The other way in which we place anecdotes into their larger picture is to reduce them to data, and then aggregate the data. For example, I happen to know an alarmingly large number of people who are complaining about the same set of symptoms, including bloody noses, strep throat (or at least feeling like they may have strep throat), a high fever, and congested sinuses. The result is a flu, but a particularly serious one. Each of the stories of people staying home from school or work, or throwing up, or some other sort of dreadful condition that sometimes has even required going to the hospital in at least one case I know of, is an anecdote. Together they could be turned into a book about a particular virus, but such would not be of the greatest use to advocates of public health who would want to study the spread of contagion and its severity, and to make conclusions on the data, or to test the efficacy of various treatments in some scientific fashion. And so the anecdotes are reduced to data, smoothing out the rough edges that make for a compelling and interesting story, and focusing only on the facts, as it were. Something is lost in this, the vitality of life and its distinctive individual qualities. Yet something is gained in the ability to aggregate individual experiences, or at least some of their key aspects, into a larger whole. People who study mathematics and science and engineering and related fields do this sort of thing all the time, seeking to aggregate individual actions or occurrences into larger patterns that can then be used to formulate and test strategies and understand at least some aspect of a complicated situation.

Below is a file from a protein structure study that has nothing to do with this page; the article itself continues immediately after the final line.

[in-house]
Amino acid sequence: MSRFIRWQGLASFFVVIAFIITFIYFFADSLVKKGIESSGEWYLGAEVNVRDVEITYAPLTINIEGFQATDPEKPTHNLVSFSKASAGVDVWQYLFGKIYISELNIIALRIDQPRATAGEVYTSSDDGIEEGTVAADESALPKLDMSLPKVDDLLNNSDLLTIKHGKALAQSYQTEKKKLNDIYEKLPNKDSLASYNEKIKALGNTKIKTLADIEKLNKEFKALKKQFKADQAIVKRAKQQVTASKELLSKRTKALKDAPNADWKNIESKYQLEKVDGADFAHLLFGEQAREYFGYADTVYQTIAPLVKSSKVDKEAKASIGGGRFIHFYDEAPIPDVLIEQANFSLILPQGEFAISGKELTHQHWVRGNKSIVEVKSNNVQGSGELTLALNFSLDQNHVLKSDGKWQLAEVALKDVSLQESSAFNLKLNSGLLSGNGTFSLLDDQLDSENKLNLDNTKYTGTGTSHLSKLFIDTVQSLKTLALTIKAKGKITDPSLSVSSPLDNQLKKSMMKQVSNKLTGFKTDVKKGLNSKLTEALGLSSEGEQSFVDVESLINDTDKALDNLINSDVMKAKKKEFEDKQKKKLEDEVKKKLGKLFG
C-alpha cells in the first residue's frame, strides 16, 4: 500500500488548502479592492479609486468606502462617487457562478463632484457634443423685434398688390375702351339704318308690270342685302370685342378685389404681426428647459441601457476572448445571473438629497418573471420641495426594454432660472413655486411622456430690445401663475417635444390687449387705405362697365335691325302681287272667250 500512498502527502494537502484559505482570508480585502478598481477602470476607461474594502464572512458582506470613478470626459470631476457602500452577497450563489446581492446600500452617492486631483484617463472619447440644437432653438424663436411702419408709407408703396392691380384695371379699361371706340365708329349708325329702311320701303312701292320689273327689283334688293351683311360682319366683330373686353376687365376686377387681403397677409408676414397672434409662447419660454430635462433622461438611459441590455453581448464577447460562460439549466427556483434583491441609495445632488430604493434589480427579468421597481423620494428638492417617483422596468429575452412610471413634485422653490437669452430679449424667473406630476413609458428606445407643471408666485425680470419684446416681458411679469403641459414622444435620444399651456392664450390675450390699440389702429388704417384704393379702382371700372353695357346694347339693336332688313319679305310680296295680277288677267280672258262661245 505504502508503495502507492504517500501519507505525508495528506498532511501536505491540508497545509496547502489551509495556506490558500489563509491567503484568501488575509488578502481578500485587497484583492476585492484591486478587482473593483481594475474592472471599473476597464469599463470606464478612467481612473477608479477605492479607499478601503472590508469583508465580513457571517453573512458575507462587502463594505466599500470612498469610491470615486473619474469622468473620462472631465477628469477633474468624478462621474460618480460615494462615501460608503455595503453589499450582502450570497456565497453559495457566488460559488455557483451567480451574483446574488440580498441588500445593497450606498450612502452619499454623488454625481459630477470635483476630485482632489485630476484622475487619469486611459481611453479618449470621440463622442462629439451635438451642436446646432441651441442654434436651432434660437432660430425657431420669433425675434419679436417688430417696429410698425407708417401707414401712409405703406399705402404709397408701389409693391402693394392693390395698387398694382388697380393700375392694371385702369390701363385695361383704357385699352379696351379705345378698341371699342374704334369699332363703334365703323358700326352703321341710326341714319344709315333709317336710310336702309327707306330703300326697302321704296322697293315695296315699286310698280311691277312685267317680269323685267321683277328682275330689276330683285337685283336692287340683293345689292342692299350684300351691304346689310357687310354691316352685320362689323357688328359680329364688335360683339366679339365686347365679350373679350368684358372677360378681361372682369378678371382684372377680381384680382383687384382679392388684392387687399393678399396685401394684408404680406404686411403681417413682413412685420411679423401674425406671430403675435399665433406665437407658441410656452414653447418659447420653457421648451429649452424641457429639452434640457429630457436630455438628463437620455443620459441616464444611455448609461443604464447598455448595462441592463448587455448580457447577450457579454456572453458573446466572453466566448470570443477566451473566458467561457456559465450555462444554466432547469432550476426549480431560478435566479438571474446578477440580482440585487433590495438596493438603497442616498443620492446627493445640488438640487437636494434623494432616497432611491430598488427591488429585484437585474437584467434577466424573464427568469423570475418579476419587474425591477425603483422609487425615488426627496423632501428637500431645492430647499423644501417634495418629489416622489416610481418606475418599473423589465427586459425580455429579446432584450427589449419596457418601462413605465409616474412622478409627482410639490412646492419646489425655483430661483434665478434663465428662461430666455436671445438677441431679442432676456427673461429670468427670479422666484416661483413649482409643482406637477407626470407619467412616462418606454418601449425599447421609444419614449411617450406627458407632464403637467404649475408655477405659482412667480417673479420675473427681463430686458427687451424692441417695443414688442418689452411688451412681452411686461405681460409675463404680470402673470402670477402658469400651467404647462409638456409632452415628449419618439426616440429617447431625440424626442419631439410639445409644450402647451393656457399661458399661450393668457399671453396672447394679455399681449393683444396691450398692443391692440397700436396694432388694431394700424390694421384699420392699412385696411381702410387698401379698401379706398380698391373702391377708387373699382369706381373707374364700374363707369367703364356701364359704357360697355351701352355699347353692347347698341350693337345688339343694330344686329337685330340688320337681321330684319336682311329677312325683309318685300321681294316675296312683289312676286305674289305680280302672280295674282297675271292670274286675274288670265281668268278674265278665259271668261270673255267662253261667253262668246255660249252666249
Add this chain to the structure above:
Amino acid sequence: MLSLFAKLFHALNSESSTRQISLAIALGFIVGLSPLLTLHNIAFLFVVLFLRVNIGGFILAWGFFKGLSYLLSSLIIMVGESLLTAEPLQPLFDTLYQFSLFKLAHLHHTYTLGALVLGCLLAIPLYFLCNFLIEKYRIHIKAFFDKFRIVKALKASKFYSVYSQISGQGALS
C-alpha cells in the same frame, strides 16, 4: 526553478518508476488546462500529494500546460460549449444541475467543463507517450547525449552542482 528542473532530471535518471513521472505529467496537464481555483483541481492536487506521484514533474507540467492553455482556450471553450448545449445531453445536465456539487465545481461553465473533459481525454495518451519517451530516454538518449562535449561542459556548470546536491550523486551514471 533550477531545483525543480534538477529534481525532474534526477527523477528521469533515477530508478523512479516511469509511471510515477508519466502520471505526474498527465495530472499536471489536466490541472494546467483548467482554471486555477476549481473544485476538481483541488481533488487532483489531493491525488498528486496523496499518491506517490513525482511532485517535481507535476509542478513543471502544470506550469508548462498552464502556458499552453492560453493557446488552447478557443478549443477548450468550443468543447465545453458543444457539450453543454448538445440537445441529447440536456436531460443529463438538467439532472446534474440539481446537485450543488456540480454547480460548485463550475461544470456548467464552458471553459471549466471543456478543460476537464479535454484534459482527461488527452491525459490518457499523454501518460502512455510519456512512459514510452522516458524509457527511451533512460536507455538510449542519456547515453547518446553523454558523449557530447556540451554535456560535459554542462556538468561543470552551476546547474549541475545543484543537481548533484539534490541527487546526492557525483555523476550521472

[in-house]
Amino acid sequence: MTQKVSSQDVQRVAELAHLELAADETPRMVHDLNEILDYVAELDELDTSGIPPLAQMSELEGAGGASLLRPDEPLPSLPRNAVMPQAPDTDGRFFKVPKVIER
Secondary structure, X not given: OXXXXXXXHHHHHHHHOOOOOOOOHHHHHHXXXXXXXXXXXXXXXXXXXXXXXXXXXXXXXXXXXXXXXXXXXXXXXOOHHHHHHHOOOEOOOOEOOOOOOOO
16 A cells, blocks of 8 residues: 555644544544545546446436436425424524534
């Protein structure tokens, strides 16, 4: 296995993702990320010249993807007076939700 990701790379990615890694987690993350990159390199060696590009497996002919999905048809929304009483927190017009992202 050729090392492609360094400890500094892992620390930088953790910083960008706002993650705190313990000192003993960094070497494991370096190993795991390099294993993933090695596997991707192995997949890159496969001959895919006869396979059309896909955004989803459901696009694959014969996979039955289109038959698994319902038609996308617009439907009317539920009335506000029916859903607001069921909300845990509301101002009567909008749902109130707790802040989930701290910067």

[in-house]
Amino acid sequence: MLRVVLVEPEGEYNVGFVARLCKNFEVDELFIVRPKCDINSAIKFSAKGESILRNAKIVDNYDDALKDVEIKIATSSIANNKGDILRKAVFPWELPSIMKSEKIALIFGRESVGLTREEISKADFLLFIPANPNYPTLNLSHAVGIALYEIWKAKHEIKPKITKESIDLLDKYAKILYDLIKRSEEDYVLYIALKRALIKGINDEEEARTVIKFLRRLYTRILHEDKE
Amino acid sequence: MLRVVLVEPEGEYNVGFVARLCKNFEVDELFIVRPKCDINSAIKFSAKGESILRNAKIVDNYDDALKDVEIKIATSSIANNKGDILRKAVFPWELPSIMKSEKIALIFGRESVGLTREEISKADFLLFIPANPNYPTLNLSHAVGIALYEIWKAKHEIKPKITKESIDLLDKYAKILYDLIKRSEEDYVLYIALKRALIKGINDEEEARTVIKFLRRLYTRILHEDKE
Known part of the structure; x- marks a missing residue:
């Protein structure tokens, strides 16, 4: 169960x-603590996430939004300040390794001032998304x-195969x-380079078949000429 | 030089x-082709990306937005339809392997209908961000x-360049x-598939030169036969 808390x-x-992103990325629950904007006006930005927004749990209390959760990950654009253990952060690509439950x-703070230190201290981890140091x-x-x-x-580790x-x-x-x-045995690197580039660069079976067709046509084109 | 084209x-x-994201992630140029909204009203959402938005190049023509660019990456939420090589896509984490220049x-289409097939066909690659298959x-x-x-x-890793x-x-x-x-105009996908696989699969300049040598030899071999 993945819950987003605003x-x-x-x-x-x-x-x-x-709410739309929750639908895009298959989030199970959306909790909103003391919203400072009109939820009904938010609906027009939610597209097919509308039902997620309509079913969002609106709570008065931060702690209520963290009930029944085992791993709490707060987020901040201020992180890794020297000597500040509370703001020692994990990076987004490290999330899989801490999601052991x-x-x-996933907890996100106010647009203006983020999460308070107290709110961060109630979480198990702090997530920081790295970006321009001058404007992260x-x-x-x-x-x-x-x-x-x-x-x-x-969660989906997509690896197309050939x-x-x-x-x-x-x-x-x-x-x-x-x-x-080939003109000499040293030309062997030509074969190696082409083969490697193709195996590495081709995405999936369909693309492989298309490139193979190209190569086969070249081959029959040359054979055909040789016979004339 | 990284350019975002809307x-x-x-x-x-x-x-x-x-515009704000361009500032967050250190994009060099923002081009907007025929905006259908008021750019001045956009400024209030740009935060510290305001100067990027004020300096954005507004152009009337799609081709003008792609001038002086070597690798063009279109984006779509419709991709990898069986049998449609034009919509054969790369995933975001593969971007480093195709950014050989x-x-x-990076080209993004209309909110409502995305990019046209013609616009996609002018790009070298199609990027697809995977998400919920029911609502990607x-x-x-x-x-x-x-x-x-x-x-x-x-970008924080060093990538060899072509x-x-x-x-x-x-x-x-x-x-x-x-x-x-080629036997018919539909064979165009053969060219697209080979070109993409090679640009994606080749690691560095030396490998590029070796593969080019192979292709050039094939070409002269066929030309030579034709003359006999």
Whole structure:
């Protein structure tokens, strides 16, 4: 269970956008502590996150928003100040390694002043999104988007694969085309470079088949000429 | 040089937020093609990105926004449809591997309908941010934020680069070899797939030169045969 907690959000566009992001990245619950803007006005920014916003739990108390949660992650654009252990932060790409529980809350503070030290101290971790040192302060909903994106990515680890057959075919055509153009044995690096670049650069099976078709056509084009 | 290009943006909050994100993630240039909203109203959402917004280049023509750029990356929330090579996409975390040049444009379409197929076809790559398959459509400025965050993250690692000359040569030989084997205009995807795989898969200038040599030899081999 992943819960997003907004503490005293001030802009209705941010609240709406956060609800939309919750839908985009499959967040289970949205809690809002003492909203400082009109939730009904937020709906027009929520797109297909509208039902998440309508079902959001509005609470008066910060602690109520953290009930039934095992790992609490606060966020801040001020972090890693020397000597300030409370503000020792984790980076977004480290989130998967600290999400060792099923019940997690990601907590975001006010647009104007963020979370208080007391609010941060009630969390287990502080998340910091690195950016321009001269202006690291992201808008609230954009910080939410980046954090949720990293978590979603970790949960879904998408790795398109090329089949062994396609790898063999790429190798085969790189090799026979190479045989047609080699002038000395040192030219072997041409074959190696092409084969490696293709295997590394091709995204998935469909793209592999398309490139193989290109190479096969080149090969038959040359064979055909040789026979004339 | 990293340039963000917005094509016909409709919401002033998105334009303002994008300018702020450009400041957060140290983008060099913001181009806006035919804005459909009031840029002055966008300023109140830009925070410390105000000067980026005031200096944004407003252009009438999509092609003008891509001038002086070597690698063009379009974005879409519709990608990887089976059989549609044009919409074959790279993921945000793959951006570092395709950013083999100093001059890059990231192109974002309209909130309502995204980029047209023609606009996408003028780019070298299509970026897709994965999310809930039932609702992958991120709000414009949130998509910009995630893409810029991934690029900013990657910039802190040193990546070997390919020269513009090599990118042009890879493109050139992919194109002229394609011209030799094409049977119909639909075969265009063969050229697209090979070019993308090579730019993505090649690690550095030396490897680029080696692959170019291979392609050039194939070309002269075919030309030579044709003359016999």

We may often feel torn between the narrative and the data. I know I feel torn myself, being a person who both loves stories and tells them often and enthusiastically and also someone whose working life is spent plowing through and aggregating large amounts of data. I could hardly give up either telling stories or dealing with data, as both of them are aspects of who I am. And yet the two are often in conflict—the push towards quantification and data impels me to look at the larger picture, to seek patterns and insight, but at the cost of reducing the human element of the stories that make up the data . On the other hand, the push towards narrative and anecdote which is strong in me pushes me to communicate with others and to connect with others even at the risk of losing sight of the larger picture of life. I choose to deal with this by keeping both approaches in mind, and seeking to use them where they are appropriate, and never thinking that either alone is the whole story, at the risk of making my life more complicated and filled with more tension than it already is. It is a risk that I am willing to take because I am a complicated person whose life is filled with continual tension between contrary pulls, so I figure the practice is useful. There are both enough dramatic anecdotes to make it imperative that I deal with the story aspect of life, and I have a strong enough pull towards relationships and communication to make it essential to become more proficient in such matters, while at the same time my native pull towards abstraction and pattern-finding is also strong enough to compel me to engage in those areas as well. One can hardly help if the result is immensely complex; we must deal with the reality, and that includes who we are and what kind of world we live in, according to what is. If we seek to end up in an ideal, we must begin with the real, and that means both having an ear for anecdotes and an eye for data, without forgetting the fact that the individual story draws meaning from being part of a greater whole, and that the data is only part of a larger story with the distinctive elements smoothed out. Let us not forget either the grain of sand nor the pearl that is formed as its rough edges are smoothed, for both are aspects of our reality, and neither is the whole story isolated individually. So it is with much of life.
 See, for example: